How Things Actually Appear

Prado

The stately neoclassical building that houses the Prado will be unwrapped later this year. Credit Emilio Parra Doiztua for The New York Times.

Artists of the Spanish “golden age” in the 17th century seemed to delight in manipulating paint on the canvas to create dazzlingly realistic effects, such as the light shimmering on silk gowns in Velázquez’s “Las Meninas,” or the churning clouds in the apricot-and-lavender skies of El Greco. Spanish ‘naturalism’ — painting objects and people as they actually appear [my emphasis] — can have a deeper emotional impact, as seen in the candor and humanity of Velázquez’s portraits of buffoons….

(Andrew Ferren, “A 7-Hour, 6-Mile, Round-the-Museum Tour of the Prado,” NYTimes, 3-18-19)

How things “actually appear” is elusive. I don’t see correctly. My sketches for painting are labored, with much overriding of mistaken perception. The painting phase involves much mixing and discarding of pigment that looked right until it touched the canvas. I don’t want to paint this way, but I have to.

It’s not just me. Our brains foist perceptual baggage onto us. Some people overcome the handicap. Most art I admire goes beyond naturalism. It lights me up with a devil-may-care attitude. I like to imagine that even a so-called realistic painting is really an infinitude of tiny abstractions rendered and assembled just so.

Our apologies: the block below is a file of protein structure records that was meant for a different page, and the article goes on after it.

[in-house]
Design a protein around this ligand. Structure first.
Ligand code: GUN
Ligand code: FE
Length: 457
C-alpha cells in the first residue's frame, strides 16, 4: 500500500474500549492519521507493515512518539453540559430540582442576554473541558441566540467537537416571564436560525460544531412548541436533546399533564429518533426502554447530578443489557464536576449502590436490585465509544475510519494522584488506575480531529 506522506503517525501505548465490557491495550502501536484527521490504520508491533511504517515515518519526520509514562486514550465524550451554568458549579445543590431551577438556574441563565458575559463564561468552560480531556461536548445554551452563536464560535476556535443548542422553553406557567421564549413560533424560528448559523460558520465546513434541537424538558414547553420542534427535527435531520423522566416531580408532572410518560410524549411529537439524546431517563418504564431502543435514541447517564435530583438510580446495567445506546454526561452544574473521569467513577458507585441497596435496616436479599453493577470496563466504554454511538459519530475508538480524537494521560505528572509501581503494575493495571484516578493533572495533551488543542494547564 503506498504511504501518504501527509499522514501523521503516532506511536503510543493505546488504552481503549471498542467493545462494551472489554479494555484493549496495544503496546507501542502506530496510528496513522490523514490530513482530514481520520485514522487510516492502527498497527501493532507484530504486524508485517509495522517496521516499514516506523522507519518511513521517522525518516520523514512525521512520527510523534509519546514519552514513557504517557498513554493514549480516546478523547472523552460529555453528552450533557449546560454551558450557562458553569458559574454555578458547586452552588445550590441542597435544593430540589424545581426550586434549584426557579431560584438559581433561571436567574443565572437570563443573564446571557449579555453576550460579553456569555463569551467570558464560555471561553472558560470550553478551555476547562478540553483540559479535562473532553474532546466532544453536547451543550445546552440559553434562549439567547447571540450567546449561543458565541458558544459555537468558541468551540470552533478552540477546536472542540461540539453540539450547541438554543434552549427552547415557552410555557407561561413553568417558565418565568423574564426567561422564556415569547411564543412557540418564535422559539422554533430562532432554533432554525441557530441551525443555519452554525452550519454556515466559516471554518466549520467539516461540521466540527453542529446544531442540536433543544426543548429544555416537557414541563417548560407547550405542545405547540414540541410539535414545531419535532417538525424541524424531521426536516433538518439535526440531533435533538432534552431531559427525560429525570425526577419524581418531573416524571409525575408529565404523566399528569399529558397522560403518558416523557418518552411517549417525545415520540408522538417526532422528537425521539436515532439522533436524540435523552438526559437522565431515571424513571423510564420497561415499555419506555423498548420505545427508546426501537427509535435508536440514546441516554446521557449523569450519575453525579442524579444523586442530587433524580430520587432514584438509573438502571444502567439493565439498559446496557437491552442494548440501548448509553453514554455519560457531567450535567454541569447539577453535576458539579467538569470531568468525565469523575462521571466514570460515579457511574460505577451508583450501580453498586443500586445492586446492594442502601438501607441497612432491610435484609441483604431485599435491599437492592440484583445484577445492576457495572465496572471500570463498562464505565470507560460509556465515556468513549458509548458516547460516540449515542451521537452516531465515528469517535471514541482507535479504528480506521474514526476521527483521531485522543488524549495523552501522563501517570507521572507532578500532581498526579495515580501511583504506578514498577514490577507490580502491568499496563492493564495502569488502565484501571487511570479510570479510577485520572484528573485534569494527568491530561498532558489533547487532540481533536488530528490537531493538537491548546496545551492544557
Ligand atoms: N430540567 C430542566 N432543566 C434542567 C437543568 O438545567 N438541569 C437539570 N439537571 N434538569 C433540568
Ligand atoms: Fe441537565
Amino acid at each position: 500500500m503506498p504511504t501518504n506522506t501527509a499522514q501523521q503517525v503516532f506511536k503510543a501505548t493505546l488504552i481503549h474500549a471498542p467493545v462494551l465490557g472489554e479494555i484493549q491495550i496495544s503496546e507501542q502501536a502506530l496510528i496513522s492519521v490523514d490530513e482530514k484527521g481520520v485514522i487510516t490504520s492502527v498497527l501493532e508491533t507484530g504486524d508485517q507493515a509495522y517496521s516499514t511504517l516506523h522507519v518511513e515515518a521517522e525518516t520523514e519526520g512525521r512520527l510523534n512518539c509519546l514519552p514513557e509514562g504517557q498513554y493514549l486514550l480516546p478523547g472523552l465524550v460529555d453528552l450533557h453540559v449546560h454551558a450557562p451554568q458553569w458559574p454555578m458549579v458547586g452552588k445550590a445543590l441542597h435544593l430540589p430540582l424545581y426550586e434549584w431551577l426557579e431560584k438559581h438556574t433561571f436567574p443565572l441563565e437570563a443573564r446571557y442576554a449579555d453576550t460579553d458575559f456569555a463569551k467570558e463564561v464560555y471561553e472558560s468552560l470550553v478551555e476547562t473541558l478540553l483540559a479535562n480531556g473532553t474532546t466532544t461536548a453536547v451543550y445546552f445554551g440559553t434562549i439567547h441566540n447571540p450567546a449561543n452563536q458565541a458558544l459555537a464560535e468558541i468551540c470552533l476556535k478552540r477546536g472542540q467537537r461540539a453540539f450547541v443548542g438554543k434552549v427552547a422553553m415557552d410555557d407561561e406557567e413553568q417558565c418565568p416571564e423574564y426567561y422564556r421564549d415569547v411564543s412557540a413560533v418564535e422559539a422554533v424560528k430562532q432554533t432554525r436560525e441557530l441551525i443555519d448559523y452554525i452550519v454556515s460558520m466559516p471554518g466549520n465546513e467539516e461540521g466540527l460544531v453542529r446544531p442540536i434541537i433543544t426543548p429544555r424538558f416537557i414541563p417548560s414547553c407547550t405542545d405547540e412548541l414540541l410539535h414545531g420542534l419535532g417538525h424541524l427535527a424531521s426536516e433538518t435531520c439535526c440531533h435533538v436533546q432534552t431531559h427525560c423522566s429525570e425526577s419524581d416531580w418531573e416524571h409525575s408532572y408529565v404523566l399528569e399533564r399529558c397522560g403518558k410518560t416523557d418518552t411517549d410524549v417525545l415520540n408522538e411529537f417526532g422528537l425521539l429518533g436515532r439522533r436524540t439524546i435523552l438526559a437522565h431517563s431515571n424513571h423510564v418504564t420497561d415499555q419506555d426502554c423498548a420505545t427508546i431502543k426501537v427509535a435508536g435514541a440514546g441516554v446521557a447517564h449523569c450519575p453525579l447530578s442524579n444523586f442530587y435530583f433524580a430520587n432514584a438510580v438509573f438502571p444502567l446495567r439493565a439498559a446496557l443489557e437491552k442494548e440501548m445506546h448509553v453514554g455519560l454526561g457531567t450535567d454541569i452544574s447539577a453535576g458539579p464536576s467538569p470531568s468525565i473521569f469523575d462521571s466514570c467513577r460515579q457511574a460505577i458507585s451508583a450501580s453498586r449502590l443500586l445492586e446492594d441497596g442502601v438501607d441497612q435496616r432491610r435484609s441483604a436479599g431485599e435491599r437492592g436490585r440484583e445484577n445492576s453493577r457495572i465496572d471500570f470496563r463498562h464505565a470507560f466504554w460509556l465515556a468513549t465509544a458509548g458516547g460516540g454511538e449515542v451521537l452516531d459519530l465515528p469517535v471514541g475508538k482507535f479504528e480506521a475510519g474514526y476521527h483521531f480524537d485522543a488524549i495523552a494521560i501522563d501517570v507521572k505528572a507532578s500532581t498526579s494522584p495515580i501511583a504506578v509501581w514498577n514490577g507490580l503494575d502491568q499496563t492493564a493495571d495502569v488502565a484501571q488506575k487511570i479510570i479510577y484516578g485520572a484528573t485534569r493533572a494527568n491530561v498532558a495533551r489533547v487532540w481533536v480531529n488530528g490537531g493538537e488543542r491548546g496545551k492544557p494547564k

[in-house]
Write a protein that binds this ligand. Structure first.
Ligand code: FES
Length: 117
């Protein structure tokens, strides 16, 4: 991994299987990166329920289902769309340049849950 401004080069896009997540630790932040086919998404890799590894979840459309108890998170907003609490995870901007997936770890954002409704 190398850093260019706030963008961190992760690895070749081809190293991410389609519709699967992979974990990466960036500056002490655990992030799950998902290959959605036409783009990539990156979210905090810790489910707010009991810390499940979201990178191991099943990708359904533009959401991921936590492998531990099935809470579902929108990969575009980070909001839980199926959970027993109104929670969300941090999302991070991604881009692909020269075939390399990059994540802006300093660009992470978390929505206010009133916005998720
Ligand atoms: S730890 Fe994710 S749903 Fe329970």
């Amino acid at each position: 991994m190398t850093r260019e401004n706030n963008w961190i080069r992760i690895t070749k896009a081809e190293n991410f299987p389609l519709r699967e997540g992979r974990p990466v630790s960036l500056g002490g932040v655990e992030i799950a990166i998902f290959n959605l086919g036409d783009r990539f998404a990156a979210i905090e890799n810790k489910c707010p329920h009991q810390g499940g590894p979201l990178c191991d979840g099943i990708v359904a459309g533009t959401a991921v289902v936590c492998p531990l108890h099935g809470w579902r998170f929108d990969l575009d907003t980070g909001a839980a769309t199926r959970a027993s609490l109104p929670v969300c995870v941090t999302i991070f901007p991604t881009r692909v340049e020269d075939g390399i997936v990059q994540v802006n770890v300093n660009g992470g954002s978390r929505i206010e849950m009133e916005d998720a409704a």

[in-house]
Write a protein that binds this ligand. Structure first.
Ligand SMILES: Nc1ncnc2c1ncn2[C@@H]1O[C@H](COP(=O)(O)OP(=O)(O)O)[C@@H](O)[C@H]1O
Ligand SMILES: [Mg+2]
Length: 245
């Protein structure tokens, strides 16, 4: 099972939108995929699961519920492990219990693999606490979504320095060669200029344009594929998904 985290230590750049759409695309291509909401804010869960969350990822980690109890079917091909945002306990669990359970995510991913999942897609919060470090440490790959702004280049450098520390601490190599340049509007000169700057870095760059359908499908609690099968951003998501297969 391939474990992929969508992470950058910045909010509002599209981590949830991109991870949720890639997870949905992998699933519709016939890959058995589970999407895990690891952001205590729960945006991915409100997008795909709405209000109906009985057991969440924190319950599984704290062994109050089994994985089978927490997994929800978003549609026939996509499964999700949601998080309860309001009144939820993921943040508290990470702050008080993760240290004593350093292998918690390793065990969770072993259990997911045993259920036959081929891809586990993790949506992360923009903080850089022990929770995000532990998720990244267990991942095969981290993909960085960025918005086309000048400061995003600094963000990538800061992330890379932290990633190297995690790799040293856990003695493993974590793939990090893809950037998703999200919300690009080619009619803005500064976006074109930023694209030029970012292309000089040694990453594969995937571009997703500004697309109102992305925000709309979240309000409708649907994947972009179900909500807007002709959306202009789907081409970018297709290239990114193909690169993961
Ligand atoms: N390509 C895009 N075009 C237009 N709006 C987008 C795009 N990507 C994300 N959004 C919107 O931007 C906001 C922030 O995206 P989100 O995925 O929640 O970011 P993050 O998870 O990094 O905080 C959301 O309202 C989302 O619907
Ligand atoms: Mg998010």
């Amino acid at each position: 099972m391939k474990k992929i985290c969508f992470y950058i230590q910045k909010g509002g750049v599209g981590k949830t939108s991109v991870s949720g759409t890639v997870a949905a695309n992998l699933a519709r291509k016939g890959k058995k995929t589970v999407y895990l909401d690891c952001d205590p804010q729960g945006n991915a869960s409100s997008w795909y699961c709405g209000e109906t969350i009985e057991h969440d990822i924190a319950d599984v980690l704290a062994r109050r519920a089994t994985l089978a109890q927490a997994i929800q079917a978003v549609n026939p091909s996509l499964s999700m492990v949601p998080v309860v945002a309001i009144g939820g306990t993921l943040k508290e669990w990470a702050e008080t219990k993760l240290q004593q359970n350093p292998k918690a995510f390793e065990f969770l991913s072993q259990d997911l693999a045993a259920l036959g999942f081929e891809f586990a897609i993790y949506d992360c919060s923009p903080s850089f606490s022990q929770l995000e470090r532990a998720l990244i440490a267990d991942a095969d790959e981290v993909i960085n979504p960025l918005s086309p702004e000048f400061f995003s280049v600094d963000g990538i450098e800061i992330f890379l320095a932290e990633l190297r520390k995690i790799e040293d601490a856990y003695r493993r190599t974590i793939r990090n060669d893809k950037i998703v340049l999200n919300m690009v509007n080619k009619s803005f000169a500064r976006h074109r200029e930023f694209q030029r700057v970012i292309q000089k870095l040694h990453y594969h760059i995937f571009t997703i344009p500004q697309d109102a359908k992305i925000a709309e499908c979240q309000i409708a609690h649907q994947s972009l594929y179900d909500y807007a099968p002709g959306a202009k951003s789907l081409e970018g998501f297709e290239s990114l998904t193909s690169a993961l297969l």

(c) 2019 JMN.

About JMN

I live in Texas and devote much of my time to easel painting on an amateur basis. I stream a lot of music, mostly jazz, throughout the day, and watch Netflix and Prime Video for entertainment. I like to read and memorize poetry.
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1 Response to How Things Actually Appear

  1. Your last sentence reminds me of those pictures that close up are smudged daubs of paint, not necessarily unattractive. Move to the other side of the gallery and you are arrested by this stunning, sharp, light flooded work. You can’t quite believe it’s the same picture and traipse back and forth trying to see where the different images start and end in space. There was a Sisley that I saw recently that was one such piece. I know I should, but seldom look at my in progress work from a distance.

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